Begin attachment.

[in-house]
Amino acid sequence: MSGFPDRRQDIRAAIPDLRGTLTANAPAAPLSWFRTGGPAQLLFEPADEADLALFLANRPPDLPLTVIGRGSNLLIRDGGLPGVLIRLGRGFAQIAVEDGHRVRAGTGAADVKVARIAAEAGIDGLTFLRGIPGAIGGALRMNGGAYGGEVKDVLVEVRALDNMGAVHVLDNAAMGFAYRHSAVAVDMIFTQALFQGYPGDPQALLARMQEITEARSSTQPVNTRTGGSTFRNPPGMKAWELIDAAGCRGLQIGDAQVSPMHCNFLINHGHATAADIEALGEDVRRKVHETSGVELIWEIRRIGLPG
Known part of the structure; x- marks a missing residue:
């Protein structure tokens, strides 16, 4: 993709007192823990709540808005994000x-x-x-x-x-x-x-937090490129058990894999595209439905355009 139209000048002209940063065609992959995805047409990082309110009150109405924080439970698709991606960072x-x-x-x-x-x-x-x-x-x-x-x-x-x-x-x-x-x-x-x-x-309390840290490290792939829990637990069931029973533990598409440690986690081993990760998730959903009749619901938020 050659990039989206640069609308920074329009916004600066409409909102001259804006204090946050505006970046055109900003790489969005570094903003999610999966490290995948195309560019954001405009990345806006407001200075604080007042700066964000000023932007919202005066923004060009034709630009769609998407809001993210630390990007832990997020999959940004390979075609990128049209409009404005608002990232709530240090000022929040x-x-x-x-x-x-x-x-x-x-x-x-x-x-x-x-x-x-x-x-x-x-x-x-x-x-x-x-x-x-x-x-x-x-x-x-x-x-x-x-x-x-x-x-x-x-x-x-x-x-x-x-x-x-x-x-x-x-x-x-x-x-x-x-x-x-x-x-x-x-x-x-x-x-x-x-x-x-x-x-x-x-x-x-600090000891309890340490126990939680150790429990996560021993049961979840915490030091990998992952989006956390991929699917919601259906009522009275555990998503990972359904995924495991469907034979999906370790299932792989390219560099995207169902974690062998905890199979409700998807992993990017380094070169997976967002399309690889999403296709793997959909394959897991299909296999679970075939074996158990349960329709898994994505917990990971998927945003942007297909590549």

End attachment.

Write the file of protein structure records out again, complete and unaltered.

[in-house]
Amino acid sequence: MSGFPDRRQDIRAAIPDLRGTLTANAPAAPLSWFRTGGPAQLLFEPADEADLALFLANRPPDLPLTVIGRGSNLLIRDGGLPGVLIRLGRGFAQIAVEDGHRVRAGTGAADVKVARIAAEAGIDGLTFLRGIPGAIGGALRMNGGAYGGEVKDVLVEVRALDNMGAVHVLDNAAMGFAYRHSAVAVDMIFTQALFQGYPGDPQALLARMQEITEARSSTQPVNTRTGGSTFRNPPGMKAWELIDAAGCRGLQIGDAQVSPMHCNFLINHGHATAADIEALGEDVRRKVHETSGVELIWEIRRIGLPG
Known part of the structure; x- marks a missing residue:
């Protein structure tokens, strides 16, 4: 993709007192823990709540808005994000x-x-x-x-x-x-x-937090490129058990894999595209439905355009 139209000048002209940063065609992959995805047409990082309110009150109405924080439970698709991606960072x-x-x-x-x-x-x-x-x-x-x-x-x-x-x-x-x-x-x-x-x-309390840290490290792939829990637990069931029973533990598409440690986690081993990760998730959903009749619901938020 050659990039989206640069609308920074329009916004600066409409909102001259804006204090946050505006970046055109900003790489969005570094903003999610999966490290995948195309560019954001405009990345806006407001200075604080007042700066964000000023932007919202005066923004060009034709630009769609998407809001993210630390990007832990997020999959940004390979075609990128049209409009404005608002990232709530240090000022929040x-x-x-x-x-x-x-x-x-x-x-x-x-x-x-x-x-x-x-x-x-x-x-x-x-x-x-x-x-x-x-x-x-x-x-x-x-x-x-x-x-x-x-x-x-x-x-x-x-x-x-x-x-x-x-x-x-x-x-x-x-x-x-x-x-x-x-x-x-x-x-x-x-x-x-x-x-x-x-x-x-x-x-x-600090000891309890340490126990939680150790429990996560021993049961979840915490030091990998992952989006956390991929699917919601259906009522009275555990998503990972359904995924495991469907034979999906370790299932792989390219560099995207169902974690062998905890199979409700998807992993990017380094070169997976967002399309690889999403296709793997959909394959897991299909296999679970075939074996158990349960329709898994994505917990990971998927945003942007297909590549």